But most Democrats — you know, the primary electorate is 20 percent black on the average in the Democratic primary. And I think, you know, most Democratic politicians wouldn’t want to run on that. People have asked me about Hillary Clinton. And my line is that Hillary Clinton has saved a lot of money for the American taxpayers. Because previous secretaries of state have travelled around the world on very expensive jet aircraft, and Hillary can get around on her broom. That’s just a cheap partisan shot, it’s not meant as vicious criticism or anything.
But anyway, I think, you know, Republicans in 2010 were seeking control of one branch of government. In 2012, they’ll be seeking two. That’s a harder sell. That requires more victories in the battle of ideas than have yet been won. And Michele Bachmann, I thought, spoke very eloquently and wisely about that.
I think many voters will be reluctant, for reasons understandable in light of our history, to reject the first African-American President. That is simply a factor in the election that is something that’s there. And I think in addition, Barack Obama doesn’t have the kind of personal characteristics that made so many people on the other side of the political and cultural divide absolutely loathe Bill Clinton on the one hand, George W. Bush on the other.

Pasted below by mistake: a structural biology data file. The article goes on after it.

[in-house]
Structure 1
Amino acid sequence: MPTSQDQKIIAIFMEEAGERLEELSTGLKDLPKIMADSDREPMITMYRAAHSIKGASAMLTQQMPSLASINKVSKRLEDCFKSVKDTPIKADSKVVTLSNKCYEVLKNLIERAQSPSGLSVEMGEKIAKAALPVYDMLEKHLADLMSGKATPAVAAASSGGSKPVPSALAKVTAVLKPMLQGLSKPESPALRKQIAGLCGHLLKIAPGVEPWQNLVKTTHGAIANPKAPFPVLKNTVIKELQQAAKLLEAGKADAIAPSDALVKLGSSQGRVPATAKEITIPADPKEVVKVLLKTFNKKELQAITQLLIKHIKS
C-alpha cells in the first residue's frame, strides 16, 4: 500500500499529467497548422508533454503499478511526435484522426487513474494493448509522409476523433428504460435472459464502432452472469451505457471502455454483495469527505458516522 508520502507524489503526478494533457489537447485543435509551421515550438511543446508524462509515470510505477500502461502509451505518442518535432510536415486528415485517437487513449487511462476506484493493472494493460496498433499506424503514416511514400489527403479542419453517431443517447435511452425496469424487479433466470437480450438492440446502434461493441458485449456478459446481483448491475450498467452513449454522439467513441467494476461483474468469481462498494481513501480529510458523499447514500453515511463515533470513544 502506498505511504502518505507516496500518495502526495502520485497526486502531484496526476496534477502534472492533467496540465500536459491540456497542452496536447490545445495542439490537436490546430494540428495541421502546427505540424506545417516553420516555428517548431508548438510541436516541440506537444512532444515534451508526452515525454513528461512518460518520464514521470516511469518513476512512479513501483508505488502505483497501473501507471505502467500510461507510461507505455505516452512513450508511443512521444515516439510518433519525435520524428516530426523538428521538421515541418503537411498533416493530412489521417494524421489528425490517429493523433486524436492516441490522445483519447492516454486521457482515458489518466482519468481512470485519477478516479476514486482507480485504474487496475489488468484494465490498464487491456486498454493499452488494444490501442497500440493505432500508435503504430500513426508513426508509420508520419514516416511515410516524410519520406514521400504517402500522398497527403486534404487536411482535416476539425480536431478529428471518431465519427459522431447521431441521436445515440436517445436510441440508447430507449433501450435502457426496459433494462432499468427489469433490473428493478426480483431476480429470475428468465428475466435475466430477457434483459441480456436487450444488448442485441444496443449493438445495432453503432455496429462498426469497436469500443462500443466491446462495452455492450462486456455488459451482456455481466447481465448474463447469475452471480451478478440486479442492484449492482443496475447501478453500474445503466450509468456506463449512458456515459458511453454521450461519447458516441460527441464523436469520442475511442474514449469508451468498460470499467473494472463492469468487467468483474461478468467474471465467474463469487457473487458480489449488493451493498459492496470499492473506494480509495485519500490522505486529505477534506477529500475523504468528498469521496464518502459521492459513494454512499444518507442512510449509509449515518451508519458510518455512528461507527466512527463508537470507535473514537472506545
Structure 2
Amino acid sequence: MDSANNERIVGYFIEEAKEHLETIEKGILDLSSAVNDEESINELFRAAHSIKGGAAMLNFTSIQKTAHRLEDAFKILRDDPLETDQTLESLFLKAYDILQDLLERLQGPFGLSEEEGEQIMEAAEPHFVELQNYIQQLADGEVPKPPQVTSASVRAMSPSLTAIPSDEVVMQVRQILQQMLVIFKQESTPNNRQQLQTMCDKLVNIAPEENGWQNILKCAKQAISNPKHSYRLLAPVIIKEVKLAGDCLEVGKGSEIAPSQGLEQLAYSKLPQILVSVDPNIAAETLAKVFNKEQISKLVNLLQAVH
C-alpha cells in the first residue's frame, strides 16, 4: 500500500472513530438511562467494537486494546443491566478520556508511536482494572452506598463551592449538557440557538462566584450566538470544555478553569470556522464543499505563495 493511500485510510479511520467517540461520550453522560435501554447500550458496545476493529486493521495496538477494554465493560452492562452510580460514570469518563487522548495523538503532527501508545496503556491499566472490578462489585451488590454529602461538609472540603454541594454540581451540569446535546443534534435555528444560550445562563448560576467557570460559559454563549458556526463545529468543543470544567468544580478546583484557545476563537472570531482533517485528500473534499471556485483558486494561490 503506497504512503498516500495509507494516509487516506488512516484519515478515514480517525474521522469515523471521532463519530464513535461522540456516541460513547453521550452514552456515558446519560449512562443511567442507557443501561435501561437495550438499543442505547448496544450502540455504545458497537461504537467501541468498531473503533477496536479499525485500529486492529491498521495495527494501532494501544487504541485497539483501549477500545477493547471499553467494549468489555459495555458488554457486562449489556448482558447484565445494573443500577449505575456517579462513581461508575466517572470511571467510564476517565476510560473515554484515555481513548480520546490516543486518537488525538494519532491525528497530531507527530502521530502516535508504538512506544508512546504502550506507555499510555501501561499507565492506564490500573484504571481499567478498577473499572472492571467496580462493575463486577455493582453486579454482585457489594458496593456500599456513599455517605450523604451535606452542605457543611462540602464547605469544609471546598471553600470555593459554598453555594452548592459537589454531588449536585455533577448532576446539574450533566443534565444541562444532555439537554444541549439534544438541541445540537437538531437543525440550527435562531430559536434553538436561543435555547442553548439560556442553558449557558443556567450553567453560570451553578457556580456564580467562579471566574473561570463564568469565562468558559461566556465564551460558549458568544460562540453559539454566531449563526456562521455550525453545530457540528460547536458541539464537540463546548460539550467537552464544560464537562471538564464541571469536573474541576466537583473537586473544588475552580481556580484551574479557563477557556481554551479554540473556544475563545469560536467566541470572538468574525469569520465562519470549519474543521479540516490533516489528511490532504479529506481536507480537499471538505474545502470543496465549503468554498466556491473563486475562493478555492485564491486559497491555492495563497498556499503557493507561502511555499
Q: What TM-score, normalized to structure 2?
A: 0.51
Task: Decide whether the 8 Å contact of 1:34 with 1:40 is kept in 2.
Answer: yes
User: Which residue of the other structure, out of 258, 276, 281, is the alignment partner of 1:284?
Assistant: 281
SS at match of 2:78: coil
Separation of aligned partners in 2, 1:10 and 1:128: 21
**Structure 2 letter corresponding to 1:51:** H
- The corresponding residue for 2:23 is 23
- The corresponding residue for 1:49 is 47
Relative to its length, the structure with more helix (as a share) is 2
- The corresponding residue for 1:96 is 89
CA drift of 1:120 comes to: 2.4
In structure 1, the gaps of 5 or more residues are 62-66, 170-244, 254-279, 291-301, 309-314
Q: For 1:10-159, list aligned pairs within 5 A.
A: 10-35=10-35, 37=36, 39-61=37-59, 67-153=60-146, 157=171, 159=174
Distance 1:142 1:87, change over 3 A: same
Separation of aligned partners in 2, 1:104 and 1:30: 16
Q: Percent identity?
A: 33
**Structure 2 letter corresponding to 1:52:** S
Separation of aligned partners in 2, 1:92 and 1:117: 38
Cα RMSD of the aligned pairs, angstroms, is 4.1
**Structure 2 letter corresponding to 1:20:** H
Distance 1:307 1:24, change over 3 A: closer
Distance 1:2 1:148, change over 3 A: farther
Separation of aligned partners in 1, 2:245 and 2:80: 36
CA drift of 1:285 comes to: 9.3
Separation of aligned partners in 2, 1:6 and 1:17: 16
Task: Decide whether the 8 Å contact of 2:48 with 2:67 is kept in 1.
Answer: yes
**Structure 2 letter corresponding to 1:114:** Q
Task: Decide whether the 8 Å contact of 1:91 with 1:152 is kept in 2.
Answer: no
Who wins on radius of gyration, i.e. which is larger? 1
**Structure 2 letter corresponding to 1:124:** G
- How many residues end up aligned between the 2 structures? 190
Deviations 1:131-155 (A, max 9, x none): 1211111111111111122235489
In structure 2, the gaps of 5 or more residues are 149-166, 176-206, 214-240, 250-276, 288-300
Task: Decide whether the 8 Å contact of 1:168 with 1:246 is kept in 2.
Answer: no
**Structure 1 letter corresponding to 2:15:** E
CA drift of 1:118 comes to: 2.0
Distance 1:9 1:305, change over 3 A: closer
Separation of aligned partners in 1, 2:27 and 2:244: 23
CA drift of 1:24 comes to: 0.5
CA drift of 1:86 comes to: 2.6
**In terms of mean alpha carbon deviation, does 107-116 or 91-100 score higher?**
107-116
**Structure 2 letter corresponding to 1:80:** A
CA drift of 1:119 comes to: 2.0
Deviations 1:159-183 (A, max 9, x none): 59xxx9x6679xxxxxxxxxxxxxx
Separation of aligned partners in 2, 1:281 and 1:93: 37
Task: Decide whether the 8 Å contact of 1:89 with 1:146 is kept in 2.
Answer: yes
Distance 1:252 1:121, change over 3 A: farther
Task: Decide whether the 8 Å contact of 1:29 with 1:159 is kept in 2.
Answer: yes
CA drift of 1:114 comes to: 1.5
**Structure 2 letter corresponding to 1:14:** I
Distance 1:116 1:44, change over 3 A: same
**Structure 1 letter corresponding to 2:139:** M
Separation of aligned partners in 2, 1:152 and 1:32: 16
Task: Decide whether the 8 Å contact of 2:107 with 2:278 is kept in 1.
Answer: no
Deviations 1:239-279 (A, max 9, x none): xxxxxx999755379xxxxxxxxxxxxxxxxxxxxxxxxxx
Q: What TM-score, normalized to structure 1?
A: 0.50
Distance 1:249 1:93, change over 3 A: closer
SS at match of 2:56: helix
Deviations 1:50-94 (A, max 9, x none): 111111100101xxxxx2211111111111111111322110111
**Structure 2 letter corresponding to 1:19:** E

But I do think we have evidence from this election that this is a pretty clear rejection of this vast expansion of the size and scope of government. The Tea Party people are talking about numbers that are real. Just go look at those CBO reports — this is not a figment of their imagination. And I think that voters have in 2010, as they did in 1946, basically rejected an attempt to create a hugely larger welfare state in this country.
I have no idea who will win the Republican nomination for President. I think that if you gave me a list of candidates I could give you a reason why each one of them cannot win the nomination. You know, zero-sum game — all but one player must lose, but then one player has to win. So somebody’s going to win that nomination.
But I think the feelings I’ve heard expressed by Michele Bachmann and by other people here are pretty sound, which is that if we are seeking to affect the style and substance of governance in this country, and seeking to influence the culture, winning the battle of ideas is at least as important as electing a specific individual as President.
People say, you know, we want to elect another Ronald Reagan. Well, you know, there was only one Michelangelo, there was only one Mozart, there’s only one Ronald Reagan. You don’t get seconds on something like that. And I think it’s unwise to look for salvation in just one leader. I think the kind of advances that we’ve made in the battles of ideas are heartening. But they are not the end of the road, and they are not full victories.
So with that attempt to dodge predictions on 2012, I’ll conclude my comments.